Perhaps you begin to see my argument. Soren Kierkegaard is once supposed to have said, “A passionate tumultuous age will overthrow everything, pull everything down; but a revolutionary age which is, at the same time, reflective and passionless leaves everything standing but cunningly empties it of significance.” If he did say it, he was a major prophet of British affairs. Unlike the French, the Russians, the Chinese, and the Cambodians, who demolished and desecrated and defaced their countries with vigor, Britain’s subtler revolutionaries have been careful to leave the symbols in place, while changing the essence. It works. A casual visitor to London might still be fooled into thinking we were the same country we were sixty years ago. All the outward appearances are the same, in some cases even improved. Our reflective and passionless revolutionaries have left all the buildings standing, the old flags flying, the Queen on her throne, the Bishops in their cathedrals. The blue policemen and the red pillar boxes, which George Orwell noted as symbols of England, can still be seen, though the police especially are nowadays best examined from a misty distance. Close to, you might see that many London policemen are bluer than ever before, but only because they sport fierce tattoos on their forearms, of the sort which most people over 50 still associate with football hooligans. This does not really tally with the old idea of the friendly, gentle bobby, but then nor do the fixed grim-jawed scowls, the telescopic clubs, pepper sprays, and in many cases sub-machine guns with which these officers equip themselves for duty. I certainly wouldn’t ask any of them the time.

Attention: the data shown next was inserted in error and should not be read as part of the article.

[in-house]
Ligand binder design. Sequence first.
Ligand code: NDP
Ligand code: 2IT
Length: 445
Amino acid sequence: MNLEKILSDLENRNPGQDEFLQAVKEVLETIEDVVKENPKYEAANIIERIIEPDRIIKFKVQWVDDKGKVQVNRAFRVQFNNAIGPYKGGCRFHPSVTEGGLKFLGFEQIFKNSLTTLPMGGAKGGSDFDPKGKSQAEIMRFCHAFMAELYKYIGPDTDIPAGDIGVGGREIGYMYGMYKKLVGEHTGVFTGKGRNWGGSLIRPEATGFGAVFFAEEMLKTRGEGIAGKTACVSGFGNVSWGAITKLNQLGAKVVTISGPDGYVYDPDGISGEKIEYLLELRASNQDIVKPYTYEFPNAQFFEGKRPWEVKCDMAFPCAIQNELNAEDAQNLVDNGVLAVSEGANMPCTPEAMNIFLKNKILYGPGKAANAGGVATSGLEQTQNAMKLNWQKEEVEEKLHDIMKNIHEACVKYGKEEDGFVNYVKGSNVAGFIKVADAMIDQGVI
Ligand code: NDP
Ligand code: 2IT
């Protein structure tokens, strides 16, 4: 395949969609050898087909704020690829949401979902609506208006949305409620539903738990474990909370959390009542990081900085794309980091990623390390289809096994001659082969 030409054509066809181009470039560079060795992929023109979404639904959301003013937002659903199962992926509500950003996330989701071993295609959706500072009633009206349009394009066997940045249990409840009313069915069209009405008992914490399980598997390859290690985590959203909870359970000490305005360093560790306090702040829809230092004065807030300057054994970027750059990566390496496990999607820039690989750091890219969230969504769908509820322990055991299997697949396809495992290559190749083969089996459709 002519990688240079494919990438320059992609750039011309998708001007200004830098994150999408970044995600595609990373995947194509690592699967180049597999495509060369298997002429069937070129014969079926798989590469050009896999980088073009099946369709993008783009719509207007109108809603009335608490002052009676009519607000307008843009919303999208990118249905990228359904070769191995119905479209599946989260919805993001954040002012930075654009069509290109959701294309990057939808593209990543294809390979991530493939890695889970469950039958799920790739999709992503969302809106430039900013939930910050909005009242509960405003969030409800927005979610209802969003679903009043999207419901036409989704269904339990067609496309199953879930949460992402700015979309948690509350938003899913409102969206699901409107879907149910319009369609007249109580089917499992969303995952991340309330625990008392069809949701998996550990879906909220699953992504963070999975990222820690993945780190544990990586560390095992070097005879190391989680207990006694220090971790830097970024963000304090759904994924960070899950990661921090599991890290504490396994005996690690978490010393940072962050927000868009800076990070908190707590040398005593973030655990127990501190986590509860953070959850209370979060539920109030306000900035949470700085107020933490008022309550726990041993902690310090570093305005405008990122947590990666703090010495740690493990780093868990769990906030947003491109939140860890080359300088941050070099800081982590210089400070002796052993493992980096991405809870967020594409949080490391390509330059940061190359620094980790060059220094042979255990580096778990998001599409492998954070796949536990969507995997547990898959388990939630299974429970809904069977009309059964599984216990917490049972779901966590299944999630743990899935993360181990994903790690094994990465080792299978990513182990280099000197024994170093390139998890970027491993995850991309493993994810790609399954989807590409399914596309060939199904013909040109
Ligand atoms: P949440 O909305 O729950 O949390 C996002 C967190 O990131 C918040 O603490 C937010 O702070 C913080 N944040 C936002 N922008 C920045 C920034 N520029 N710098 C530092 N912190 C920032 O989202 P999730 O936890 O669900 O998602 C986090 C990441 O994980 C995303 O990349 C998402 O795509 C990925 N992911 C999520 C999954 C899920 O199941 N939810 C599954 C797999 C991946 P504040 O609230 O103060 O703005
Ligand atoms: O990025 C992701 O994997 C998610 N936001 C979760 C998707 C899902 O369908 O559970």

Work outwards from this change and you will begin to have some idea of how much Britain has altered. The bits you don’t or can’t see are as unsettlingly different as those tattoos. Look up instead at the Houses of Parliament, all pinnacles, leaded windows, Gothic courtyards and cloisters, which look to the uninitiated as if they are a medieval survival. In fact they were completed in 1860, and are newer than the Capitol in Washington, D.C. The only genuinely ancient part—not used for any governing purpose—is the astonishing chilly space of Westminster Hall, faintly redolent of the horrible show trial of King Charles I, still an awkward moment in the national family album. But those who chose the faintly unhinged design wanted to make a point about the sort of country Britain then was, and they were very successful. Gothic meant monarchy, Christianity, and conservatism. Classical meant republican, pagan, and revolutionary, and mid-Victorian Britain was thoroughly wary of such things, so Gothic was chosen and the Roman Catholic genius Augustus Welby Pugin let loose upon the design. Wherever you are in the building, it is hard to escape the feeling of being either in a church, or in a country house just next to a church. The very chimes of the bell tower were based upon part of Handel’s great air from The Messiah: “I know that my Redeemer liveth.”